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The fate of Pat McAfee, as it relates to College GameDay, is uncertain. McAfee has his pride and almost certainly didn’t enjoy being nitpicked by fans for every little thing last season. The show does not absolutely have to have him, but I do think he is more of a net positive than negative for the show. Plus, as I have written before, the network put an awful lot of effort into building rapport between him and Nick Saban last year. It’s hard to imagine ESPN doesn’t find a way to ensure they are working together this season.

McAfee’s drama is what has fans and industry types speculating on the future of College GameDay right now, but there’s something else I have been thinking about lately. Let’s give McAfee a break. Lord knows he has spent enough time as the focus of everyone’s College GameDay criticisms for the last two years.

I want to know how much longer the show intends to stay at three hours. That’s too much pregame show. If you cut out all of Desmond Howard’s and Kirk Herbstreit’s fake laughter, you probably only have 90 minutes of content stretched out to twice that length.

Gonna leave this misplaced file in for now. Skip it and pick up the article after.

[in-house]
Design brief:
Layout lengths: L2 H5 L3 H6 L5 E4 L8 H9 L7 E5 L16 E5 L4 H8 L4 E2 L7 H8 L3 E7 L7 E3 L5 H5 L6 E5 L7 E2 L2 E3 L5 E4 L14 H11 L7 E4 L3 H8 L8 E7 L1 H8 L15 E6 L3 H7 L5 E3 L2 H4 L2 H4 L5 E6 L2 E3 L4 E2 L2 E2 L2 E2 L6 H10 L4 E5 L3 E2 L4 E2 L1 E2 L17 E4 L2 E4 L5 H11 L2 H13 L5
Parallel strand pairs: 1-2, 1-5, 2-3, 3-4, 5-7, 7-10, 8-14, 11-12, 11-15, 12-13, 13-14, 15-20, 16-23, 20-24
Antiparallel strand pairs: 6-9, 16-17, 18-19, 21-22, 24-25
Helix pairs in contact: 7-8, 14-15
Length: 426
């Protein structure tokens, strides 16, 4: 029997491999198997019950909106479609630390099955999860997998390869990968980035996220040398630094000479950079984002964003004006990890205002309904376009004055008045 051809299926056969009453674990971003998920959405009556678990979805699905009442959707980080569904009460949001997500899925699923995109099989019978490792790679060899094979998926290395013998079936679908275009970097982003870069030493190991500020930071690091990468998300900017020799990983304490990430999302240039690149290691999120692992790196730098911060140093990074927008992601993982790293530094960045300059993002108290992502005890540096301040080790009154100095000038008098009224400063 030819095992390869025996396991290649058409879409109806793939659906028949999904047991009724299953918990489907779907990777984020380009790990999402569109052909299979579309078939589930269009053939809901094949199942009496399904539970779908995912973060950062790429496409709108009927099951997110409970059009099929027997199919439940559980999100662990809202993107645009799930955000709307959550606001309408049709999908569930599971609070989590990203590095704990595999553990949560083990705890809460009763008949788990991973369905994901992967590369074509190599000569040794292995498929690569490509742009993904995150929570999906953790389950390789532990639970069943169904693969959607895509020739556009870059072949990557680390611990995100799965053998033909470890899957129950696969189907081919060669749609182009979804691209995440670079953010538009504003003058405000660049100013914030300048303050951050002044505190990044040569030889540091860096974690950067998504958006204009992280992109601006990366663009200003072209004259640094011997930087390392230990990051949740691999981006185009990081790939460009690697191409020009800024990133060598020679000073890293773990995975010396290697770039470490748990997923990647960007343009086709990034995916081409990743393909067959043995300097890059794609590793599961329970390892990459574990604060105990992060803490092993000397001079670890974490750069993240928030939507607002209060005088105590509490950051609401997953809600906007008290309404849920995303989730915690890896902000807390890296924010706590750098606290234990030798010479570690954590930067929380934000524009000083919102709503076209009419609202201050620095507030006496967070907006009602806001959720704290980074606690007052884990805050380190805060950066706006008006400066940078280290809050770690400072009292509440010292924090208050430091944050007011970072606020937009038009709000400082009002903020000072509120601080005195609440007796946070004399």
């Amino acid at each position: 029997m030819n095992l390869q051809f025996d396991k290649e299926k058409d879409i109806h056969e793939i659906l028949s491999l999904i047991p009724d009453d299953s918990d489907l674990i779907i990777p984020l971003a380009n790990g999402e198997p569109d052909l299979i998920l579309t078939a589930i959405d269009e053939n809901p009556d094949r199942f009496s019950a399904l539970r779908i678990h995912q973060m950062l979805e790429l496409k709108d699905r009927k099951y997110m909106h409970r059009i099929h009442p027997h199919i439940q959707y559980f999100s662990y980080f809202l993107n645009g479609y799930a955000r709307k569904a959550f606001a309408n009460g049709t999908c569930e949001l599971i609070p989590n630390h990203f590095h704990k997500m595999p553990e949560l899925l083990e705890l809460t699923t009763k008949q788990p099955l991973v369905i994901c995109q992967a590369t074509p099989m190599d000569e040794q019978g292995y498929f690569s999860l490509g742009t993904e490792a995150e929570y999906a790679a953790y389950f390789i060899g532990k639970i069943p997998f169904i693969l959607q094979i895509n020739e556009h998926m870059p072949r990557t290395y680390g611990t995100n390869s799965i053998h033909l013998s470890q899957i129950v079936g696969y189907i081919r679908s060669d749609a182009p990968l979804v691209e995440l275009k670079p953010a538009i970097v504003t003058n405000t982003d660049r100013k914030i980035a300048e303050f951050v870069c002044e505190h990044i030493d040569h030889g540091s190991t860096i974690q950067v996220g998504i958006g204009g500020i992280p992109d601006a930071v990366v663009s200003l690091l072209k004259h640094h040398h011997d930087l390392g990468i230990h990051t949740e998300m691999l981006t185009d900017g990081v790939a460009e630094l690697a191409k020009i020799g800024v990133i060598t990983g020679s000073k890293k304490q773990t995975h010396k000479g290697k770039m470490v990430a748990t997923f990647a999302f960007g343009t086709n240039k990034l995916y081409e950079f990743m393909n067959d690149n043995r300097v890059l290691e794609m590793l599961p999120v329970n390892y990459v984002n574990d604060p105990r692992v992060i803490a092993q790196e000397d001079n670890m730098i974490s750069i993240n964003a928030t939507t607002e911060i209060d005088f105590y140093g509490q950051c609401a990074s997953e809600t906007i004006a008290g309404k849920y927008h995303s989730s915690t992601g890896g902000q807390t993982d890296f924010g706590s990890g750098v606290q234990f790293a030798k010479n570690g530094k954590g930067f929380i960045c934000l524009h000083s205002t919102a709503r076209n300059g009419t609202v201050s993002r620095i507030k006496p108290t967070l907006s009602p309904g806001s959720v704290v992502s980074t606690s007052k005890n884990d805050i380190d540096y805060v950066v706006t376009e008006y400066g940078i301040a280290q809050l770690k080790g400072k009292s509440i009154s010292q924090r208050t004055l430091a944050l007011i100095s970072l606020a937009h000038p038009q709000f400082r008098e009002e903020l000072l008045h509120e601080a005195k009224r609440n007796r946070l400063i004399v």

College football is one of my favorite things in the world. It’s an easy thing to say when Bama is your alma matter, but I don’t just watch the Crimson Tide. I watch EVERYTHING on a Saturday and I still don’t think I get enough.

So I have a radical two-part proposal. In the morning, I need less GameDay and more games. I think the average fan would be just fine with a one-hour pregame show, but I don’t expect ESPN to cut a valuable property down that severely. Instead, let’s settle on a two-hour show. The party can still start at 9 am, just stop at 11 instead of noon.

For that last hour? Start an East Coast game an hour earlier. It shouldn’t be hard for the network that controls all of the SEC and ACC inventory. Just be fair about it. Make sure all of the home teams are in the Eastern time zone and none of the visitors are from the West Coast or Rocky Mountains.